Heart failure mutation

A mutation in the phospholamban protein affects calcium handling and causes heart failure in mice and man.

Jonathan Weitzman(jonathanweitzman@hotmail.com)
Feb 27, 2003

Heart failure is a major cause of death in the developed world and a growing health-care concern. In the February 28 Science, Joachim Schmitt and colleagues report the discovery of a mutation in patients suffering from inherited dilated cardiomyopathy with refractory congestive heart disease (Science, 299:1410-1413, February 28, 2003).

Schmitt et al. identified a dominant missense mutation (Arg<Cys) at residue 9 in phospholamban (PLN) — a 52-amino acid transmembrane phosphoprotein that regulates the Ca2+ ATPase pump (SERCA2a). They generated transgenic mice expressing the mutant PLNR9C in the heart and observed biventral cardiac dilation and progressive cardiomyopathy resembling human symptoms. Tissue culture experiments demonstrated that the PLNR9C mutant form trapped protein kinase A (PKA), which led to inhibition of the phosphorylation of wild-type PLNWT protein and delayed decay of Ca2+ transients.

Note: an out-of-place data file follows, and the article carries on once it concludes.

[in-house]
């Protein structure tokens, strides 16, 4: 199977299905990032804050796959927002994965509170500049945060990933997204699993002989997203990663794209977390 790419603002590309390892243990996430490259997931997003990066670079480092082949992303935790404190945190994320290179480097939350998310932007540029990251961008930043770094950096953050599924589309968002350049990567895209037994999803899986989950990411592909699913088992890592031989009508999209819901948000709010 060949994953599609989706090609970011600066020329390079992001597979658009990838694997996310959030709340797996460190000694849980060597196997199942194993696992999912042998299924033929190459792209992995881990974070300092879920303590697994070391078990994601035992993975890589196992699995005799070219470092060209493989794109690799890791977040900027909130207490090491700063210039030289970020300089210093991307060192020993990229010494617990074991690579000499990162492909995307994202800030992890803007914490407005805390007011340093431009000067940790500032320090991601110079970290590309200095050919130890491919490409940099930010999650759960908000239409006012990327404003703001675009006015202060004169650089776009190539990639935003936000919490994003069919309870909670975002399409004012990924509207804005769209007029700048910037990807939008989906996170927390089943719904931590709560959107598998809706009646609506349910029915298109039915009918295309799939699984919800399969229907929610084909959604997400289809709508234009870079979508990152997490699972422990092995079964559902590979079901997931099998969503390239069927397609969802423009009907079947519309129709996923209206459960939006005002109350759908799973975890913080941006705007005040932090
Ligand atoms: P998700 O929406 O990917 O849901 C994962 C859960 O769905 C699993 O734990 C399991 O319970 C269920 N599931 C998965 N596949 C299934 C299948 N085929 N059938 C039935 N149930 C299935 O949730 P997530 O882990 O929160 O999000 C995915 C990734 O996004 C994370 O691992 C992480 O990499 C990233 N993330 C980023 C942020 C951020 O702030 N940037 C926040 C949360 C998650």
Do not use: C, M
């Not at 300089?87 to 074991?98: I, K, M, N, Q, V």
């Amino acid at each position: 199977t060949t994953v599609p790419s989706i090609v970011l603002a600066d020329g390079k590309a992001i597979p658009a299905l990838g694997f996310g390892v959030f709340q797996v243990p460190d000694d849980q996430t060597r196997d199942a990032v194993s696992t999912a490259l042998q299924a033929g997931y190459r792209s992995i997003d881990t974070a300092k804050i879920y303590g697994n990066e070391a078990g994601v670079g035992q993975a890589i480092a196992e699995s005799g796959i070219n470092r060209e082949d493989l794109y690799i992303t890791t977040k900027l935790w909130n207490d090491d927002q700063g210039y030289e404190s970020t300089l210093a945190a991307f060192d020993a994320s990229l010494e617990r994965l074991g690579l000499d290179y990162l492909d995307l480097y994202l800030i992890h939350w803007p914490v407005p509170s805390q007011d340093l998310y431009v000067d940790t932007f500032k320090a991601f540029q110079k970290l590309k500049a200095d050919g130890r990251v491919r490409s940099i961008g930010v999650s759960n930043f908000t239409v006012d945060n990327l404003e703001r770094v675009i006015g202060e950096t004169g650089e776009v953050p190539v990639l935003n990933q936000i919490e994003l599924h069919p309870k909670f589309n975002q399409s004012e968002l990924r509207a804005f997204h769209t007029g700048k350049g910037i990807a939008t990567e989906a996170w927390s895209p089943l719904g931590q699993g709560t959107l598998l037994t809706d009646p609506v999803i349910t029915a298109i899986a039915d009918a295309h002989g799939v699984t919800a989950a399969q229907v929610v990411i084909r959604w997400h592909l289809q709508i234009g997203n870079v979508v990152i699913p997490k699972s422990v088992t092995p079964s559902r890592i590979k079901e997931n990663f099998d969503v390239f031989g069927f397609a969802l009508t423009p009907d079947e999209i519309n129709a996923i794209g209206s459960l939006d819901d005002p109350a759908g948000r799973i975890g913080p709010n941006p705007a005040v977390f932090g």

Manipulating Ca2+ handling and/or PLN activity may provide a therapeutic opportunity for treating human...

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